This is the final post in the NAS series for now. I’ll write up a wrap-up article in a week or two.
I read about Ardbeg long before I had a chance to taste it. A distillery raised from the dead, so to speak, it had been shuttered for eight years in the 1980s. Production resumed slowly under a caretaker administration by Hiram Walker in the early 1990s. Glenmorangie bought it in ’97 and resurrected Ardbeg to full production. Blessed with great stocks of old whisky aging in the warehouse, they released notoriously good (and peaty) whiskies throughout the early 2000s. They presented Ardbeg in a craft style – no coloring, non-chill-filtered, higher ABV. Their 10-year is released at 46%, and it is a damn good whisky, as I reviewed here. Despite relatively low production, about 1.25 million liters a year, they have a number of expressions.
When I bought my first bottle of Ardbeg it came in a fancy presentation box with two tasters of premium expressions, including the Corryvrecken. My wife and I were impressed by the CorryVee. By this time, 2014, Ardbeg (via their purchase of Glenmorangie) had been for seven years in the hands of Louis Vuitton Moet-Henessey – LVMH. A massive international conglomerate of luxury products, LVMH brought a lot of money to Ardbeg. It shows in the packaging, such as that fancy display box. Where Glenfarclas is the smart, middle class girl in slacks and mary janes who gets ahead on wit and moxie, Ardbeg is like one of those billionaire kids who run their own clothing lines in their twenties – young, stupidly well funded, stylish, successful. Snotty, too. I had an obnoxious run-in with some corporate hack at their distillery store. More on that in a later post.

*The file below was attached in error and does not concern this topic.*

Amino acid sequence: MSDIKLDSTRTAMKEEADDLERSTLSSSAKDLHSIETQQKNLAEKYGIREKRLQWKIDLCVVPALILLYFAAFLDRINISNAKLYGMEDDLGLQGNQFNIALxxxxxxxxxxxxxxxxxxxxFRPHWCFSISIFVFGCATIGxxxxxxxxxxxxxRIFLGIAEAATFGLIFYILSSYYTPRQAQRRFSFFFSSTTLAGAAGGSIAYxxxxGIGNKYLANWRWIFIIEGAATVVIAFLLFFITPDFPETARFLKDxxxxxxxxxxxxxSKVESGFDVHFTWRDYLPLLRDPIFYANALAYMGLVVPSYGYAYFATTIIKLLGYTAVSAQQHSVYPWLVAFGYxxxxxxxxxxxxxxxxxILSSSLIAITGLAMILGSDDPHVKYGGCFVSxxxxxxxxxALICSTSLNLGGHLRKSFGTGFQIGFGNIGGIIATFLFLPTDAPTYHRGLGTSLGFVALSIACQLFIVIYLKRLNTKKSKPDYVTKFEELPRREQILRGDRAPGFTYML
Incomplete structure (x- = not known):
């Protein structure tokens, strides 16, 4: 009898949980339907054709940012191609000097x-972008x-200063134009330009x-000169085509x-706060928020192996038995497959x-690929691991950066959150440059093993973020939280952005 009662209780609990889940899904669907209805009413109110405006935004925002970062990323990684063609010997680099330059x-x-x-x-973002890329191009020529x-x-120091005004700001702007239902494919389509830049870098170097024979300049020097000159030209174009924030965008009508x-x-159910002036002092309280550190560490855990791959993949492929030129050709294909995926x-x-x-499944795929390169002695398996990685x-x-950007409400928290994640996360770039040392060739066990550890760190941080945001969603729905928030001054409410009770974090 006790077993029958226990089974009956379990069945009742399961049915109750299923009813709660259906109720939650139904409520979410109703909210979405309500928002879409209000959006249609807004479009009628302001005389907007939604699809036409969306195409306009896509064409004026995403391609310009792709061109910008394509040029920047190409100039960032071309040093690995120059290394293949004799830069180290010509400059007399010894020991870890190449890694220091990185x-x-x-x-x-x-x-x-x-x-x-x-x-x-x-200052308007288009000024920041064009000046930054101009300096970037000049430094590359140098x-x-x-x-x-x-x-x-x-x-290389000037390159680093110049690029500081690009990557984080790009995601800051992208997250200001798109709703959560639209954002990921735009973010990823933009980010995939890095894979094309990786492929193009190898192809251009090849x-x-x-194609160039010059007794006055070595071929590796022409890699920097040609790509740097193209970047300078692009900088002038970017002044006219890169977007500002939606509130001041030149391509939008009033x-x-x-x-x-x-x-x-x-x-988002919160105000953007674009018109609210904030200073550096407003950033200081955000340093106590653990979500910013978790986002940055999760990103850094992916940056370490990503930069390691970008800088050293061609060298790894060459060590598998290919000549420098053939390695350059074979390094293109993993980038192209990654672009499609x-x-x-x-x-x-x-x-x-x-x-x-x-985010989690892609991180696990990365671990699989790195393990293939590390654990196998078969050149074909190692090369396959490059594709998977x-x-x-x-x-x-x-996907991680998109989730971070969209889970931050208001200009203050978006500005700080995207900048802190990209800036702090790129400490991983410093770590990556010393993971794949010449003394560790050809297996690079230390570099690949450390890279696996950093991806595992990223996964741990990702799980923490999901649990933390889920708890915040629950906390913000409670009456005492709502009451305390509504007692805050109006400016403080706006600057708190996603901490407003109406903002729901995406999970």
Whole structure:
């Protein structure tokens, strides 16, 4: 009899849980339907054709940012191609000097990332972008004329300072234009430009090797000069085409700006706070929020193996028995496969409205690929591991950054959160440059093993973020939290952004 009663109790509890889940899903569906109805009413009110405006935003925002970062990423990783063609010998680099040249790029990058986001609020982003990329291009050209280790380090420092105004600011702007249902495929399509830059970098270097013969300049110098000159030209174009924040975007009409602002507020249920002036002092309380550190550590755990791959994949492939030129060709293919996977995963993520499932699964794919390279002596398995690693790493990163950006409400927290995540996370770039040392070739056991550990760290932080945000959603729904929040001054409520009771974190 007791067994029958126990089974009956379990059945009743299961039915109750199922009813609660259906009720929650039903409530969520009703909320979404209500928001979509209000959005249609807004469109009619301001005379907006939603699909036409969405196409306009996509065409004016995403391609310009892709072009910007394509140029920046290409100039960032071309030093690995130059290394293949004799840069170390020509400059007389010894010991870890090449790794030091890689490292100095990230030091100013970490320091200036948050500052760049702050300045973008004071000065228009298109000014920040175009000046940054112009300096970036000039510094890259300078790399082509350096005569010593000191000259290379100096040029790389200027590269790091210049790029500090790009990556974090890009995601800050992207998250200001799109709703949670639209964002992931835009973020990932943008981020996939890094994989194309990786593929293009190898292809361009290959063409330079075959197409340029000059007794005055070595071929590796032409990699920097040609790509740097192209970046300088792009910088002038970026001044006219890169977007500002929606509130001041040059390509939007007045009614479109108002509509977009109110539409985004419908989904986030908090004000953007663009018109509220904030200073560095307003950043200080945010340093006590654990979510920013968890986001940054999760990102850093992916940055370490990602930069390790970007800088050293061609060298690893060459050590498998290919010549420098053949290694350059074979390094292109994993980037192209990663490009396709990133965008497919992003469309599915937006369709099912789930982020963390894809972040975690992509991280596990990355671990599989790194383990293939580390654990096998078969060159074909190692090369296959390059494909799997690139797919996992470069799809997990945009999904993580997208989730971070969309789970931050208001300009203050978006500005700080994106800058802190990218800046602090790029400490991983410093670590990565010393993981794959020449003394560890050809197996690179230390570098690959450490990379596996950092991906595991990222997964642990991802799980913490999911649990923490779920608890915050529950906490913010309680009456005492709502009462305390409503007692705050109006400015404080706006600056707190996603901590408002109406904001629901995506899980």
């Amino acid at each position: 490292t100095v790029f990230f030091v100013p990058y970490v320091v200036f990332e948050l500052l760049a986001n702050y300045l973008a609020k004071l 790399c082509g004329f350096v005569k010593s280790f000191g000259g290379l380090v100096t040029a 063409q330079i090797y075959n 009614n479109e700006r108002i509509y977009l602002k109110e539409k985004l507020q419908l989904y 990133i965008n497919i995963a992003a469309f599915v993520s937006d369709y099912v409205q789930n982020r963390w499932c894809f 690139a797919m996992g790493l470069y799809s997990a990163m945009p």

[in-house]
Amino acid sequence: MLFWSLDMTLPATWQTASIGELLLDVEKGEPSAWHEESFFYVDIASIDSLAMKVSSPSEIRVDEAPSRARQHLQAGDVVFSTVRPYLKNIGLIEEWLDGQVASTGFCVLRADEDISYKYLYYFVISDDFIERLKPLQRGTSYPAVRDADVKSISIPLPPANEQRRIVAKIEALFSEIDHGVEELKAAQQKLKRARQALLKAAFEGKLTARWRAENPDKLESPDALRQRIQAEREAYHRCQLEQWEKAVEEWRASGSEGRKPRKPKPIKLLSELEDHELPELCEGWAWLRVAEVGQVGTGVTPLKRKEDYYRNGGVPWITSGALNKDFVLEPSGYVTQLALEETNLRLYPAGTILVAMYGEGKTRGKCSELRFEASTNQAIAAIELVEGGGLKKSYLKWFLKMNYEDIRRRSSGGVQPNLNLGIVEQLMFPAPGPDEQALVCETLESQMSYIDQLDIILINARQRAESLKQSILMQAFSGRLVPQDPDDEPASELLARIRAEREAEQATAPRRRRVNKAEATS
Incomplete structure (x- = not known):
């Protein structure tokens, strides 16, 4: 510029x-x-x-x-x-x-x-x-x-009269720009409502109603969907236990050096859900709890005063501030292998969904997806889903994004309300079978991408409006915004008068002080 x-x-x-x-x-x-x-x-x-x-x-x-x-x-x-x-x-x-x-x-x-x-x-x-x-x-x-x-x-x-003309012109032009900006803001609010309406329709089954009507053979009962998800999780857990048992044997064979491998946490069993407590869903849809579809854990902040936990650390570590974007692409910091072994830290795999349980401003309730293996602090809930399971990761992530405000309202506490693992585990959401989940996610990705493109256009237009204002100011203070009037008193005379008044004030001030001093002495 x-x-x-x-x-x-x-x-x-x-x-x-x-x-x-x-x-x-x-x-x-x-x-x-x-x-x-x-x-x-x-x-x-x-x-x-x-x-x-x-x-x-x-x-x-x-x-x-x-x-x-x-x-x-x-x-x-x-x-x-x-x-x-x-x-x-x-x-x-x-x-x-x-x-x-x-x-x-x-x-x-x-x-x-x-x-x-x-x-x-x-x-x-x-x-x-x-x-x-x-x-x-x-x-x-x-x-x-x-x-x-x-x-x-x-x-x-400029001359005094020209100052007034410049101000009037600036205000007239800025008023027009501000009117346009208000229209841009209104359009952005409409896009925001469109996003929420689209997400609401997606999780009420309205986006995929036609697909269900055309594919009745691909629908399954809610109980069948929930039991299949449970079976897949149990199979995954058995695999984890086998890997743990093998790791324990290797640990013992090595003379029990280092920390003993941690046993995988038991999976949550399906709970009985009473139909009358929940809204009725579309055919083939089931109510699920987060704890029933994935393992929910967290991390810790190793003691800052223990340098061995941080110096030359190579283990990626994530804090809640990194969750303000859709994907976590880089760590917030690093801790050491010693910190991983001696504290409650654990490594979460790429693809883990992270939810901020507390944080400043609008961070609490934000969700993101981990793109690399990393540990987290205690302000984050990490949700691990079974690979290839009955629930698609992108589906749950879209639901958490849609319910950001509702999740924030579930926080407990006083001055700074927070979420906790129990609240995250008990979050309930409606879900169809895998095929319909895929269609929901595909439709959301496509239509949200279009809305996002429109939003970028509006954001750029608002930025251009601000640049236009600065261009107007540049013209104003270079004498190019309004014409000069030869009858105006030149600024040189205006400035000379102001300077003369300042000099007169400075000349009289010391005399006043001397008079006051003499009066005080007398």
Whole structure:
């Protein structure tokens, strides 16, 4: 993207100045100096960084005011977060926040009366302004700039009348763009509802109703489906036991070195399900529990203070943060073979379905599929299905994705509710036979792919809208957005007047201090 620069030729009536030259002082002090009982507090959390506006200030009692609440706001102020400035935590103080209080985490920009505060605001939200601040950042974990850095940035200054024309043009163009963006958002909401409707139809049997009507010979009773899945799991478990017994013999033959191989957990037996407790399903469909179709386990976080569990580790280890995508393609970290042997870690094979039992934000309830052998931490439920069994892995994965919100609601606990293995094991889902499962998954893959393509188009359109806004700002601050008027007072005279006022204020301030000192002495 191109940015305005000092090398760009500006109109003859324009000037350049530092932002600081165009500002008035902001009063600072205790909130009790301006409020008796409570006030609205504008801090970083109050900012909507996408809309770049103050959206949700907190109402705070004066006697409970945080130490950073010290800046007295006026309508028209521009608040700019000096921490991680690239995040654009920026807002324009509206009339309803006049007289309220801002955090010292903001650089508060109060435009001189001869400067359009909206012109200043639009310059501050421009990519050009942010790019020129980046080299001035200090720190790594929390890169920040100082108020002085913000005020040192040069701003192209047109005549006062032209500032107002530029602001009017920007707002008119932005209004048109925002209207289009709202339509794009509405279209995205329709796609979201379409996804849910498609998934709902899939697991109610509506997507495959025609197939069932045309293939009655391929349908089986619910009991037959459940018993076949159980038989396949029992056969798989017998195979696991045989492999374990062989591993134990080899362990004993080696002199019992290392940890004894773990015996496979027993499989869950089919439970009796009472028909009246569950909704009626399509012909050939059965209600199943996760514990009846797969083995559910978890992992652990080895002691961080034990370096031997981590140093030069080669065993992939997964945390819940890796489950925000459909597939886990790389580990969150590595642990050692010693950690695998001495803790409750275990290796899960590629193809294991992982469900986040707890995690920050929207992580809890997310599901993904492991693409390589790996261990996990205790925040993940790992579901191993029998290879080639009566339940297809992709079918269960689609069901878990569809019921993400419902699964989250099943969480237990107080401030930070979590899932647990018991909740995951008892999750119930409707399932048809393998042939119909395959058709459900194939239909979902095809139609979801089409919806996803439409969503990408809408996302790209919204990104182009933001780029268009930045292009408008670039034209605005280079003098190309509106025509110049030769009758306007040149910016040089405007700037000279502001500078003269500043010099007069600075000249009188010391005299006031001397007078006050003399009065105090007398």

Three years passed before I coughed up the change for a bottle of Corryvreckan (it ain’t cheap folks, over $90 here, and that for a NAS whisky). The gold script proclaims this “The ultimate Islay Single Malt Scotch Whisky.” The marketing boys come out of the gate swinging! Finer print (green on green, not so easy to read) describes this as “heady, intense and powerful.” Well, I can’t argue with that. Upon opening the the bottle and pouring a dram of Corryvrecken, my little writing nook filled with the most amazing aroma. It smells of the sea, of the beach after rain has put out a seaweed-fueled campfire. When I put my nose in the Glencairn glass and breathe deeply, I get an incredibly thick aroma which includes treacle, raspberries, and that dark fruit you get from single-source artisan chocolate. Even at 57.1% ABV, it does not sting the nose.
That gentleness on the nose is one hint there is some older whisky in this glass. The color, medium amber (compared to the light straw of Ardbeg 10) and fruitiness belies the use of some casks other than bourbon. Rumors on the Internet suggest French oak, and perhaps wine casks are used. Take a sip, and the result is predictably fiery, their well-advertised pepperiness lighting up the sides of the tongue, but even still, at full strength, the overall impression is full and smooth. Corryvrecken’s palate is packed with malt and caramel sweetness, and has a luxurious mouthfeel hinting of older malts. The liveliness on the back of the tongue and the fresh notes in the nose tells me there are younger barrels in the mix as well. As with the Bruichladdich, young whiskies can deliver aromatic, volatile notes you do not get in older whiskies – if it is produced with excellent ingredients and aged in barrels that have flavor to contribute. Clearly, Ardbeg have lavished this malt with the best of both.